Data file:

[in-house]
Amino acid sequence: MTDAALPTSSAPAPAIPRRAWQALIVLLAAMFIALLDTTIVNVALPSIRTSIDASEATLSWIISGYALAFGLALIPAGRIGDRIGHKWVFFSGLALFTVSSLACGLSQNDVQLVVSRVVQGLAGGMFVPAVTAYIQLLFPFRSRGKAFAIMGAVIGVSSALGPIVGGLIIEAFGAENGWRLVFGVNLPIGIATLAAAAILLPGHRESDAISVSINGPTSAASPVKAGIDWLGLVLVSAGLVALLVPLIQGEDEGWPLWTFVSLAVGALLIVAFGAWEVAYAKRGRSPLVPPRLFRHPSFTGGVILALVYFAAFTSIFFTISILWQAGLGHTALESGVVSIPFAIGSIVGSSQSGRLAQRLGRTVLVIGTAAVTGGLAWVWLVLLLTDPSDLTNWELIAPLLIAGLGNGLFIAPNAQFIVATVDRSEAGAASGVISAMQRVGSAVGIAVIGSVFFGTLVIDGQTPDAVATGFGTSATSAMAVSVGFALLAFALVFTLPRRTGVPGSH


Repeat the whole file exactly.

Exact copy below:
[in-house]
Amino acid sequence: MTDAALPTSSAPAPAIPRRAWQALIVLLAAMFIALLDTTIVNVALPSIRTSIDASEATLSWIISGYALAFGLALIPAGRIGDRIGHKWVFFSGLALFTVSSLACGLSQNDVQLVVSRVVQGLAGGMFVPAVTAYIQLLFPFRSRGKAFAIMGAVIGVSSALGPIVGGLIIEAFGAENGWRLVFGVNLPIGIATLAAAAILLPGHRESDAISVSINGPTSAASPVKAGIDWLGLVLVSAGLVALLVPLIQGEDEGWPLWTFVSLAVGALLIVAFGAWEVAYAKRGRSPLVPPRLFRHPSFTGGVILALVYFAAFTSIFFTISILWQAGLGHTALESGVVSIPFAIGSIVGSSQSGRLAQRLGRTVLVIGTAAVTGGLAWVWLVLLLTDPSDLTNWELIAPLLIAGLGNGLFIAPNAQFIVATVDRSEAGAASGVISAMQRVGSAVGIAVIGSVFFGTLVIDGQTPDAVATGFGTSATSAMAVSVGFALLAFALVFTLPRRTGVPGSH